real ale

BOOK REVIEW: Cask by Des de Moor

With Cask: the real story of Britain’s unique beer culture, Des de Moor has found a new angle, rather to everyone’s surprise. Why hasn’t CAMRA published a book like this before?

It’s not a beer or pub guide but an attempt to think about cask from every angle: its history, the culture that surrounds it, the science, and the appreciation of the beer itself.

It is largely successful, pulling together numerous sources as it grapples with big questions like why, exactly, so many beer drinkers prefer cask ale to any other form.

The author hasn’t simply relied on books and online archives. He has travelled up and down the country speaking to publicans, cellarkeepers, brewers and other experts. They’re often not the usual suspects, either.

Alice Batham, the next generation of the Midlands brewing family, is a particularly insightful voice. Her account of being fed teaspoons of yeast from the brewery as a child is the kind of detail that adds magic and romance to this story.

Several wooden casks on racks with a complicated system of pipes and tubes.
Wooden casks in the cellar of a Benskin’s pub.

Cellar keeping in particular is made to sound delightfully complicated, more of an art form than a process. He uses the phrase “creative cellar keepers” at one point, highlighting just how much room there is for the beer to change between brewery and glass.

In particular, there’s the idea that a good pub will let cask ale sit for around a week before it is tapped, and then aim to sell it within a few days, depending on its strength and durability.

Mark Dorber, who perhaps does count as a ‘usual suspect’ at this point, gives a fascinating account of sourcing his own hop plugs for dry-hopping Bass in the cellar when the brewery decided to abandon this practice.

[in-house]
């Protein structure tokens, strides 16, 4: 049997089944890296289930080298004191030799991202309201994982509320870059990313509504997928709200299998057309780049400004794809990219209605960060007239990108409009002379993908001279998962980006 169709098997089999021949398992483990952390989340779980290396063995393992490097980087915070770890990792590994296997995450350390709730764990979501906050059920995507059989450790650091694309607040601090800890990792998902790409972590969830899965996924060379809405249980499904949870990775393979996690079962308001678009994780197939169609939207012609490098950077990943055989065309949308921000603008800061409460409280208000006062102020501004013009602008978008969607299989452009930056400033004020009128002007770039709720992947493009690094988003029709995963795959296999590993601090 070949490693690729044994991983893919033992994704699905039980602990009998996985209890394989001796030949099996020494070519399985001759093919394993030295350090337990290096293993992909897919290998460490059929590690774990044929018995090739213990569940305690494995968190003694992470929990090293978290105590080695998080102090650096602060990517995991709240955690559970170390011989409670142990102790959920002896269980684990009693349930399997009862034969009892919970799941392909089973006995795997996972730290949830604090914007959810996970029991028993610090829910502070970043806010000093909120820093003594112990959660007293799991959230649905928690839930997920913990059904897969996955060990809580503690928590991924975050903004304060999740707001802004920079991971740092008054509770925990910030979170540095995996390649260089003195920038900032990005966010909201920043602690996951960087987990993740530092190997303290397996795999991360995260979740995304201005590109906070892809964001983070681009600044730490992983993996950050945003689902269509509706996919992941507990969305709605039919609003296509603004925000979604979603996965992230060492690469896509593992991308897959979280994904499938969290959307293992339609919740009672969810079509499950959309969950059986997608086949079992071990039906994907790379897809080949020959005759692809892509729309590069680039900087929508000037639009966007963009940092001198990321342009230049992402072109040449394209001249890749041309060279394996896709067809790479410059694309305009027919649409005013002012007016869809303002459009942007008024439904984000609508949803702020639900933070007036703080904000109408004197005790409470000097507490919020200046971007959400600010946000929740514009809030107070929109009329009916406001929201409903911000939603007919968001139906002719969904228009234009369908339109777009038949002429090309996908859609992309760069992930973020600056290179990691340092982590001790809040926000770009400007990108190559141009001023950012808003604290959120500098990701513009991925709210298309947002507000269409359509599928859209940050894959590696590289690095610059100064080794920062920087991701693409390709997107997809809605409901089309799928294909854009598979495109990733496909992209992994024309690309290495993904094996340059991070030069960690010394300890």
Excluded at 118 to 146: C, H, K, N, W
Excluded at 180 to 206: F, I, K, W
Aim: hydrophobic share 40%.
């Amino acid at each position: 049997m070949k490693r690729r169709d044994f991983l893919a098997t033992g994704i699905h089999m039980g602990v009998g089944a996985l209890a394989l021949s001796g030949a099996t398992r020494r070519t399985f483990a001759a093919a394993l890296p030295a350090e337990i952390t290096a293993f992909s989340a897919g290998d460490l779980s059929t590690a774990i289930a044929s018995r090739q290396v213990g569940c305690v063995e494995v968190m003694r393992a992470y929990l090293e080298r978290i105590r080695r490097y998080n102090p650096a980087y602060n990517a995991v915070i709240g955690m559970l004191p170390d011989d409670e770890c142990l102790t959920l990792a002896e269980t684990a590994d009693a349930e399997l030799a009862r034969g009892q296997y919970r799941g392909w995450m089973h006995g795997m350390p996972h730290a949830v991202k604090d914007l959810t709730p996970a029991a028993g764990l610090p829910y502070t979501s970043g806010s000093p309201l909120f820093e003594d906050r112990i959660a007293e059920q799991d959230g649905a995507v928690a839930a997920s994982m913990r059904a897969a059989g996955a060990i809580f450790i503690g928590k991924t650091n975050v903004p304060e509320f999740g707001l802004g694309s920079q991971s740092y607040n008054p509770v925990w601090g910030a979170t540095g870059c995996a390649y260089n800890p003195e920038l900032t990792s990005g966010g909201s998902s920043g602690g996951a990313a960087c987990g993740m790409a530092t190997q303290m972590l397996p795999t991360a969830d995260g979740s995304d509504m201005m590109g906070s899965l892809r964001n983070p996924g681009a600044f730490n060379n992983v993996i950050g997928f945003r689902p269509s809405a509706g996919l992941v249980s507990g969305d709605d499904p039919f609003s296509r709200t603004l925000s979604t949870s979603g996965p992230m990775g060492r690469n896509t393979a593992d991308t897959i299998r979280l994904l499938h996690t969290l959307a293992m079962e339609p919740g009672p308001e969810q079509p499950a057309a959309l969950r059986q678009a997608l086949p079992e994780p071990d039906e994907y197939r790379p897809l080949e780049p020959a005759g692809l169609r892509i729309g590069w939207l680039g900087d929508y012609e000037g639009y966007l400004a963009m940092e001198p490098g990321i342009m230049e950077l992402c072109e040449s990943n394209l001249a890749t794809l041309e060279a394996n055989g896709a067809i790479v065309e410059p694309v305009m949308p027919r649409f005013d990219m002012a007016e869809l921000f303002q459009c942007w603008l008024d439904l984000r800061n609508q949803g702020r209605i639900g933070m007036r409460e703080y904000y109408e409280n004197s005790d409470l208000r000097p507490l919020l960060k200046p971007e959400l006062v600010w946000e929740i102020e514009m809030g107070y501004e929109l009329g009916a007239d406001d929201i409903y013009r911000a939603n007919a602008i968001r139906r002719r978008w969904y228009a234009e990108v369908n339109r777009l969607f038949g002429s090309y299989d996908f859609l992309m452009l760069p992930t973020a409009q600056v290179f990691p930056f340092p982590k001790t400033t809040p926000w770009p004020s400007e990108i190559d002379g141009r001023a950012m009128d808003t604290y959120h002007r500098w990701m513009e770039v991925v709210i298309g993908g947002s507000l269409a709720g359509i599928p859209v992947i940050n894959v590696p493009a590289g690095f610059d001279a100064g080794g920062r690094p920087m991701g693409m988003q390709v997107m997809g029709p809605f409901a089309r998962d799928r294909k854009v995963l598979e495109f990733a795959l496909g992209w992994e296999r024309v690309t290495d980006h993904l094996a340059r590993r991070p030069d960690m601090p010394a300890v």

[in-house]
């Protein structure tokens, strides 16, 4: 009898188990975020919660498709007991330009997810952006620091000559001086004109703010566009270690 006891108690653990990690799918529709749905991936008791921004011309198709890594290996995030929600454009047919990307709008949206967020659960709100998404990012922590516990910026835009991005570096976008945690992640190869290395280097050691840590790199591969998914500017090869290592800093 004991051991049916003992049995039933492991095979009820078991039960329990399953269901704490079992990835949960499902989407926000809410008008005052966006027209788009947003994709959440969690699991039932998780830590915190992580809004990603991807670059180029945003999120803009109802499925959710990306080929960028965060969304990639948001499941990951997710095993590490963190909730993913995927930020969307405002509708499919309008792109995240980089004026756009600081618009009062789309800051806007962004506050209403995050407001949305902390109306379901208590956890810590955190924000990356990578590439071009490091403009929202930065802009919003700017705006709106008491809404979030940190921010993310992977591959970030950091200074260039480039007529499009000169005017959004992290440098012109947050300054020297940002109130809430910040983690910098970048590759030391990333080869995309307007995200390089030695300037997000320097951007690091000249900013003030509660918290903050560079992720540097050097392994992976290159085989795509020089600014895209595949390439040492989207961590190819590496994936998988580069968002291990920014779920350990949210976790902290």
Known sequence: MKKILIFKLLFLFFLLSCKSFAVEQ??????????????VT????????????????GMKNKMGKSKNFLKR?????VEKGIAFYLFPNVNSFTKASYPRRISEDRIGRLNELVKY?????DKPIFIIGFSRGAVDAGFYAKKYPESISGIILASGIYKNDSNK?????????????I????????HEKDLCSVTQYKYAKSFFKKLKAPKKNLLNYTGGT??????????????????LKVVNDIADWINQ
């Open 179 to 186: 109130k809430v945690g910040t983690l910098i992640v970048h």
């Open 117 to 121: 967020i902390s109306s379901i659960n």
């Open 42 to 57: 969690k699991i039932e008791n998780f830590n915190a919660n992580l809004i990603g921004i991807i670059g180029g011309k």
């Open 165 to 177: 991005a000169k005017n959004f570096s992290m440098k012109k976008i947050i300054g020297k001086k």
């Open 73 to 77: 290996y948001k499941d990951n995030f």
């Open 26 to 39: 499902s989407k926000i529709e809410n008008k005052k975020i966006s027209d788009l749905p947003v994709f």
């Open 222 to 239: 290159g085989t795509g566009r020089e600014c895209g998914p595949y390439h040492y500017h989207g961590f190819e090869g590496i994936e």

The flipside of this is a tension between commercial aims and the romance of variability. De Moor explains how breweries have continued to try to find ways to sell beer that is technically cask ale while being shipped in an essentially stable state.

And, of course, for every “creative cellar keeper” there are perhaps a hundred careless, poorly-trained or lazy ones. Do we want them to have any influence on the beer before we get to drink it?

Lovers of the arcane language of beer and brewing will enjoy the way interviewees and correspondents talk about cask ale. The idea that it can be “tired” is an important one.

And we especially liked the suggestion that Scottish air pressure dispense creates beer that is “smoother, more knitted together”. We think we know what that means!

Why is cask better?

As the book winds on, de Moor’s argument begins to cohere: what makes cask special, he argues, is its lower carbonation and slightly higher temperature. And that’s about it.

It should never be flat and he suggests that the perfect pint should “effervesce on the tongue” without being fizzy.

Unfortunately, most cask ale isn’t sold in this condition, and de Moor has the stats to back it up based on analysis from beer festivals. (Admittedly, not cask ale’s ideal habitat.)

He suggests that it’s a problem in pubs because too many publicans find it easier to handle beer when it is flat, without all that troublesome foam. What they don’t consider, he adds, is that “they’ll likely end up pouring it less frequently as fewer customers will want to drink it”.

Two other lesser factors are acknowledged as influencing the distinctive character of cask ale. First, one of his experts says that “The absence of filtering also makes a difference”, contributing flavour complexity and more proteins, making the beer “richer, more mouth-filling”.

Then staling, our pet theory, gets a passing mention via brewer John Keeling, formerly of Fullers, who says that some drinkers of London Pride prefer it when it is just beginning to show the early signs of oxidation, after day two on the bar.

When it comes to the thorny question of sparklers, he deploys words like ‘slightly’, ‘some’, and ‘typically’ to gently argue that, really, there’s not much in it, and it should probably be up to consumers to choose, if they’re really that bothered.

Though clearly a passionate fan of cask ale, he isn’t an unquestioning cheerleader and points out that it doesn’t work well for every style. American-style IPAs and sour beers, he argues, rarely benefit from cask dispense.

He comes right off the fence when it comes to the price of cask ale:

[If] cask beer is to have a sustainably healthy future, its average price will have to rise in comparison to the pub prices of other drinks… One argument for cheap cask is that it helps drive sufficient turnover to keep the product fresh, but that effect has surely reached its limits when price becomes a barrier to maintaining quality.